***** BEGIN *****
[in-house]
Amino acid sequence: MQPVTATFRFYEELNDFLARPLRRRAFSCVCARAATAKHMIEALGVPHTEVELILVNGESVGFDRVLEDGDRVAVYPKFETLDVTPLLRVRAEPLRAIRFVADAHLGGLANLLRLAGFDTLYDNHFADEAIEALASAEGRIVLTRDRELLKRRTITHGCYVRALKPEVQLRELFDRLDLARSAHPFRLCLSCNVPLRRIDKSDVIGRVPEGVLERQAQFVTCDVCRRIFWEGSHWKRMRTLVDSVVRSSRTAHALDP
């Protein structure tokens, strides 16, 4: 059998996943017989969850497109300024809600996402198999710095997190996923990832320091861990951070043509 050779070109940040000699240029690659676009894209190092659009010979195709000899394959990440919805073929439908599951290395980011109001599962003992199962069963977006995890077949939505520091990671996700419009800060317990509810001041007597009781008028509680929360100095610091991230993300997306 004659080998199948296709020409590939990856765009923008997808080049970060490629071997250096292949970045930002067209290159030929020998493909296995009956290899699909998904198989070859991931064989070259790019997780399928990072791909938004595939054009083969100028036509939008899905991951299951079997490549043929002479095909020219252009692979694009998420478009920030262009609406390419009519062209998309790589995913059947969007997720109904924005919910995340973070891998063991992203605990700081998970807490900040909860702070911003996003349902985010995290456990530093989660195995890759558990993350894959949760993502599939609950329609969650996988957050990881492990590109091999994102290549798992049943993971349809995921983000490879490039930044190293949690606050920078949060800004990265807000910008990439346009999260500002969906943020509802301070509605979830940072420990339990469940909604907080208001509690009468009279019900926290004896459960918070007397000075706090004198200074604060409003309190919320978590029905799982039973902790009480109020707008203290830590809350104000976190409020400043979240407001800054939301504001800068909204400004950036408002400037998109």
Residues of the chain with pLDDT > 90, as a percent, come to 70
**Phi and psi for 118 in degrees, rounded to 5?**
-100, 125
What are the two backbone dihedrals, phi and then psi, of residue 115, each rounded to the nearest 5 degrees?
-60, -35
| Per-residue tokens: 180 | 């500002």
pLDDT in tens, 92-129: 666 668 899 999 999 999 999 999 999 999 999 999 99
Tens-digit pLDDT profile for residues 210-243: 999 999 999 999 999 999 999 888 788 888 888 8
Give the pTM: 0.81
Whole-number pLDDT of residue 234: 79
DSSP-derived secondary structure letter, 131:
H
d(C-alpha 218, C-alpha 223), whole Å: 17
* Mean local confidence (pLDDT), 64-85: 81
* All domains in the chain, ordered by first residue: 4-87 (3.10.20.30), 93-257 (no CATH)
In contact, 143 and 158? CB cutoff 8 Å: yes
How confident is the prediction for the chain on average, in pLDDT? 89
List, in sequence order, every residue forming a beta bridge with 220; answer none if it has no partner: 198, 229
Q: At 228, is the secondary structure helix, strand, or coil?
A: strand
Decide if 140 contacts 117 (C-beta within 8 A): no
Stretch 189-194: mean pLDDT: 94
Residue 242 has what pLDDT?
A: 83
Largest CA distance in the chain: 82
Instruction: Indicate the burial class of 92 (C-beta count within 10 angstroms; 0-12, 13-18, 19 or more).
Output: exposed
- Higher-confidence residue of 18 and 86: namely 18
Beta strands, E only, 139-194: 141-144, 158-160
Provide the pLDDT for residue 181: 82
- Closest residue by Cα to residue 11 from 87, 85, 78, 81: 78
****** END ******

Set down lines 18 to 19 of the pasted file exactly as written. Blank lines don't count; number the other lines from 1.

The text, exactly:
* All domains in the chain, ordered by first residue: 4-87 (3.10.20.30), 93-257 (no CATH)
In contact, 143 and 158? CB cutoff 8 Å: yes